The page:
Fourth, in addition to shortening the lives of up to half of those who smoke, the tobacco plant is known to cause many severe diseases, for example lung cancer, many other cancers, COPD, acute myocardial infarction, brain infarction and other diseases. Though the many diseases caused by smoking are currently categorized into many fields according to which the parts of body affected, for example, I propose that these be categorized under the singular broad field of “tobacco plant infectious disease.”

    Fifth, there is the matter of social behavior. Why is it that human-beings build tobacco factories all over the world, knowing full well the harmful effects of tobacco? I’d like to explain the question as a form of peer-interaction between human-beings. For example in Japan, the action of mind control caused devotees of a well-known cult to make a sarin factory. I think this is an example of peer-interaction gone awry. I’m not an expert on interaction mechanisms but I do know that social behavior such as yawning, depression and suicide have the capacity to infect others. These interactions are usually observed among various animals, for example, the movements of sheep, fish and flocks of birds. In a similar manner, I think the abnormal activity of building tobacco factories stems from the interaction and influence of tobacco plant-infected individuals and groups.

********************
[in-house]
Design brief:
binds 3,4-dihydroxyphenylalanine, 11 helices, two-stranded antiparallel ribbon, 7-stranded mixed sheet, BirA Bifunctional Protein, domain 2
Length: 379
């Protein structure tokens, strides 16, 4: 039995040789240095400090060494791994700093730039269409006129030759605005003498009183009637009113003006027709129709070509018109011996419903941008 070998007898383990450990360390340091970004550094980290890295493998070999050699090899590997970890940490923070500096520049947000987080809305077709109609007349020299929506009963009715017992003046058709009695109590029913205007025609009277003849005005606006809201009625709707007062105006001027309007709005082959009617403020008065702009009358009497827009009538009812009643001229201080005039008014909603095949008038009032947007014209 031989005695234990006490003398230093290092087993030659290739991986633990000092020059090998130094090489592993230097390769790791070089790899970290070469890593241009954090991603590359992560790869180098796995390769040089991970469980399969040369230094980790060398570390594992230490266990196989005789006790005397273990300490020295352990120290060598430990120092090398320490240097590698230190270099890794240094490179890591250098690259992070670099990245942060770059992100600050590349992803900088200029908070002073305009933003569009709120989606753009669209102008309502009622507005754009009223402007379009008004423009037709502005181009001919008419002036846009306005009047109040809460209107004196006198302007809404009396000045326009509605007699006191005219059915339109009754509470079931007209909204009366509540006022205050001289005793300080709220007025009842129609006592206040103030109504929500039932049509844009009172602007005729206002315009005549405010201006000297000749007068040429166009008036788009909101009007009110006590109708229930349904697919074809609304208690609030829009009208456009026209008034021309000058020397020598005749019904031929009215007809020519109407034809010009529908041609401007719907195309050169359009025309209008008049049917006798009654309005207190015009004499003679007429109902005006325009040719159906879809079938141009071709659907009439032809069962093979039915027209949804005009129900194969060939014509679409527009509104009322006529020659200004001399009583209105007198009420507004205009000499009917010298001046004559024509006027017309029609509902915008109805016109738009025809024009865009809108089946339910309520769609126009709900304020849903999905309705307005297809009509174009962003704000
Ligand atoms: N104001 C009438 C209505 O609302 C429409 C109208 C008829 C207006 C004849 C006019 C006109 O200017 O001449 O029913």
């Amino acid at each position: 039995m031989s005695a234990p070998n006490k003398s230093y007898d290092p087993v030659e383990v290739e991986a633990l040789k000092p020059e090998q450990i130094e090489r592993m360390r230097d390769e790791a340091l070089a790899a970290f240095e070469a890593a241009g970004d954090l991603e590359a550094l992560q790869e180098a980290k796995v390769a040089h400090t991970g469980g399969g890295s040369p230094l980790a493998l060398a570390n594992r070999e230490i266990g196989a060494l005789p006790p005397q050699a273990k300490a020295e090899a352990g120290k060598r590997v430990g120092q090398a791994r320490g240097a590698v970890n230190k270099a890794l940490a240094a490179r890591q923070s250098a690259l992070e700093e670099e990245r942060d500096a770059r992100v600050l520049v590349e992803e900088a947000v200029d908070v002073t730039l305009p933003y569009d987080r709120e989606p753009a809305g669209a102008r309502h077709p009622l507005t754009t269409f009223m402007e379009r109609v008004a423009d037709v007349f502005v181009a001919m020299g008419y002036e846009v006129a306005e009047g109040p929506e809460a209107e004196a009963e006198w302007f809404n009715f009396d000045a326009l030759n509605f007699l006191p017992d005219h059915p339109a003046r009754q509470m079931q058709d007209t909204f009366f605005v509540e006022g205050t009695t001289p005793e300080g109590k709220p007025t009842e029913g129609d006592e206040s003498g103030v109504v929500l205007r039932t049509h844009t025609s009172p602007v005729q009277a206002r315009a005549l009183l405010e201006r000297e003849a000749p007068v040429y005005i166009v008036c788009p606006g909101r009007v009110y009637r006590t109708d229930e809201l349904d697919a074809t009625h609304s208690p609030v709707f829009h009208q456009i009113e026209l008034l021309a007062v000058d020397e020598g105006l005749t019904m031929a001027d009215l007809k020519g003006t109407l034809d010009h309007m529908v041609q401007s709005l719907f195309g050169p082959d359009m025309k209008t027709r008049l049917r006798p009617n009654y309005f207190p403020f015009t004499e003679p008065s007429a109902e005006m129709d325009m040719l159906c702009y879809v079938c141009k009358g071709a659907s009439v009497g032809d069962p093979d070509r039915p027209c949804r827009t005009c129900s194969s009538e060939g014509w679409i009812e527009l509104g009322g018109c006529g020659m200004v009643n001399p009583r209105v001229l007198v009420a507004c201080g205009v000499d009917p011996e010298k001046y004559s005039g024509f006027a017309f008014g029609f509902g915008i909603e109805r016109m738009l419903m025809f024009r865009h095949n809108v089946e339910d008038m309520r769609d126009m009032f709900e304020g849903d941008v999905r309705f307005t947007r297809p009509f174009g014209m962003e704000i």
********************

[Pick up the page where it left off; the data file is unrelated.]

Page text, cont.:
If an intelligent alien race were to approach our planet and observe the earth from space by telescope, they would see human-beings weakened and broken down by their adherence to the leaf of the tobacco plant and would easily recognize the tobacco plant as an infectious disease. When we human-beings also step back and observe ourselves in a detached manner, we would soon notice that it is the most popular harmful and devilish thing that adheres to us.

    Why haven’t any countries (except Bhutan having religious reason) resist making tobacco illegal by implementing laws about health, food sanitation, pharmaceutical business, surroundings, product liability, etc., in spite of the developments of civilization, science, politics, economics and judicature in recent years? The “avoiding tendency” is strange and mysterious. My answer is that the tobacco plant has deeply infected the human brain and thereby controls human intelligence and distorts human behavior. Now tobacco plants breed all over the world by controlling human intelligence, using them as vectors and killing a large number of them.